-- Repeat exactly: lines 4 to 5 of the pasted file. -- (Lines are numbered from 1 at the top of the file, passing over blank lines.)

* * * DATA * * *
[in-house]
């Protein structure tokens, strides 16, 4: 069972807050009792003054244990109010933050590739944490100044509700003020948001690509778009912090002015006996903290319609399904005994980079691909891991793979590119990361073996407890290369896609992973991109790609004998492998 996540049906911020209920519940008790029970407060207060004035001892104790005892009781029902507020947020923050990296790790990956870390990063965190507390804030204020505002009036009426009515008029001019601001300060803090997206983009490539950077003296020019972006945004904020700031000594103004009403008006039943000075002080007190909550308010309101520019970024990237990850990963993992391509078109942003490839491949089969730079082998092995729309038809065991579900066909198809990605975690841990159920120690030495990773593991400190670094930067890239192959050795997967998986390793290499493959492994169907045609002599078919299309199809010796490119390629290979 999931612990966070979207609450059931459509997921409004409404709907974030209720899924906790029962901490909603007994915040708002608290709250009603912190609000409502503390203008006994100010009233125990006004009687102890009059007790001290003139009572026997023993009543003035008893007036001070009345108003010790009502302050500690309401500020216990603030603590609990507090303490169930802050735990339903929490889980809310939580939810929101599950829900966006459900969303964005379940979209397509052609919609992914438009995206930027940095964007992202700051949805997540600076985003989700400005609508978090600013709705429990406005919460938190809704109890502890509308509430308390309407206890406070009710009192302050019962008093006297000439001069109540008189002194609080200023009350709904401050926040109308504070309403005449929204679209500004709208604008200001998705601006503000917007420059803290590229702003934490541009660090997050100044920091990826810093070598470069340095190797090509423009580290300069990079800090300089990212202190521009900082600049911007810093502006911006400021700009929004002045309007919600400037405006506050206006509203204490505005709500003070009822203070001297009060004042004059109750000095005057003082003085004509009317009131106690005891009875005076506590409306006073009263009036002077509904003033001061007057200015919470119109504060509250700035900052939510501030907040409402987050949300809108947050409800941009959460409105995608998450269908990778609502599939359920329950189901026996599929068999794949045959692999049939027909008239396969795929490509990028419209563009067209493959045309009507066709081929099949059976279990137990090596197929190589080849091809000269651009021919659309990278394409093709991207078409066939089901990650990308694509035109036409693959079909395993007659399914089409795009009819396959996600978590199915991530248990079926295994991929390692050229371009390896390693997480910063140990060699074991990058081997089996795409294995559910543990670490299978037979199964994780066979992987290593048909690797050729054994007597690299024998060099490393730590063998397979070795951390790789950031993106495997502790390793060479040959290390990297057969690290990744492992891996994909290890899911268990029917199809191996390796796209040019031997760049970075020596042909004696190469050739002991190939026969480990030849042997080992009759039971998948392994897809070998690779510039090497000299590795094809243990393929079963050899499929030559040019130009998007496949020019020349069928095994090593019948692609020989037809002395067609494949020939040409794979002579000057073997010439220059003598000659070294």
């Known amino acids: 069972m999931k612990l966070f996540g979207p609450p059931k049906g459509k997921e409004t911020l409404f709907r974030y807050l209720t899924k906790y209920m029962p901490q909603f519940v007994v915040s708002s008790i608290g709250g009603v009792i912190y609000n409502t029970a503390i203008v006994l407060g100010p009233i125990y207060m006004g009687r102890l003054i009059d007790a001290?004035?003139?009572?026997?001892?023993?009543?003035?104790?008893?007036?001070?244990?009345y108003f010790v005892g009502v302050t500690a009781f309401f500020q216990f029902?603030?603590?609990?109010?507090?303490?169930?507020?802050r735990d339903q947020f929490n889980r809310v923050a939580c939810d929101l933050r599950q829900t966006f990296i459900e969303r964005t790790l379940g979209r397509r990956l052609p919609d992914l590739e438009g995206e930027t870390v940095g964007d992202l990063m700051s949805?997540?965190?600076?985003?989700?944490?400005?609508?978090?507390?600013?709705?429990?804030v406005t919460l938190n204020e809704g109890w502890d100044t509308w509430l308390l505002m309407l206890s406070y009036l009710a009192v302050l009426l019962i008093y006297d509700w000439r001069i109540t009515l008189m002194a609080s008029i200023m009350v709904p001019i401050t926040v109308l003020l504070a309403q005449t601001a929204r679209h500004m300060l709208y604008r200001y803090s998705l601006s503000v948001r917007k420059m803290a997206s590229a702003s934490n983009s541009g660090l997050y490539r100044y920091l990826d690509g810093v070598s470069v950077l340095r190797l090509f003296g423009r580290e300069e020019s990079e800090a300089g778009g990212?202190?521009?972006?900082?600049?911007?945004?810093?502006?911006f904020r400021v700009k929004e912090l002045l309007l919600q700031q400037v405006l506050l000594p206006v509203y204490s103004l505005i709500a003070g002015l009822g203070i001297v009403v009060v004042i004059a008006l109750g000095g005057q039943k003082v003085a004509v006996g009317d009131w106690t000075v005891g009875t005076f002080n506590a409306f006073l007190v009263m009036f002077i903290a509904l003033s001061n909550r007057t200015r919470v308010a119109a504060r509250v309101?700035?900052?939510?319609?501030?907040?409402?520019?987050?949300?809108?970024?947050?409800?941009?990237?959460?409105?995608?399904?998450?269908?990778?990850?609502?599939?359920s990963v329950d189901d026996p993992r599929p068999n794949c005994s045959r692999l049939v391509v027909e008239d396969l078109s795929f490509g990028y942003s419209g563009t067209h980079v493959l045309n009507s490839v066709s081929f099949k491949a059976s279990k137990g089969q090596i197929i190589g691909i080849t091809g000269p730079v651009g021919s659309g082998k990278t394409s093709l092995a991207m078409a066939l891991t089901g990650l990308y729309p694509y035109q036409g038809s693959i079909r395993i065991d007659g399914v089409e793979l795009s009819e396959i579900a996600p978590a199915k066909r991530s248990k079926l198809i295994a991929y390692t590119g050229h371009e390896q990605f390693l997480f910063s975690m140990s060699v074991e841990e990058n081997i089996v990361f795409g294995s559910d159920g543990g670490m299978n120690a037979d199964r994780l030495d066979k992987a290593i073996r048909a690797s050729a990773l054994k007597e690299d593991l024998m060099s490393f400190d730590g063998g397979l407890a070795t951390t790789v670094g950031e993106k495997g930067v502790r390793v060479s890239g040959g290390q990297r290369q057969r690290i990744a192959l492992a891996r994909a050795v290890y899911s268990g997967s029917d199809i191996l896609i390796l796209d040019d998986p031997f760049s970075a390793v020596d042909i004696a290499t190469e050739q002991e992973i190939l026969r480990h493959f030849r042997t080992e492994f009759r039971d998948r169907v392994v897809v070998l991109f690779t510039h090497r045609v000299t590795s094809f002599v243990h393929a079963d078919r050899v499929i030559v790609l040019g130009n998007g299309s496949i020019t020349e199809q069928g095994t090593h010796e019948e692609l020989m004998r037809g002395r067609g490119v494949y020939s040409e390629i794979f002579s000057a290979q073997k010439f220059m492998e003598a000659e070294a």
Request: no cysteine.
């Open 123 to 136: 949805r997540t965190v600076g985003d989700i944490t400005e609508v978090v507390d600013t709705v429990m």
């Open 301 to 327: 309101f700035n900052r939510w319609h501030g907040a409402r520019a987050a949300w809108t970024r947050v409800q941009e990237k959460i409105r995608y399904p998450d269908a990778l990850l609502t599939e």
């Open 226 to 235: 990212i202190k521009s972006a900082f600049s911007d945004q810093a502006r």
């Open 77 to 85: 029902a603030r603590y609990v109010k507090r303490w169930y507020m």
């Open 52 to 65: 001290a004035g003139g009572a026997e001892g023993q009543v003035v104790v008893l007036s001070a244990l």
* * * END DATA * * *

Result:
Request: no cysteine.
């Open 123 to 136: 949805r997540t965190v600076g985003d989700i944490t400005e609508v978090v507390d600013t709705v429990m």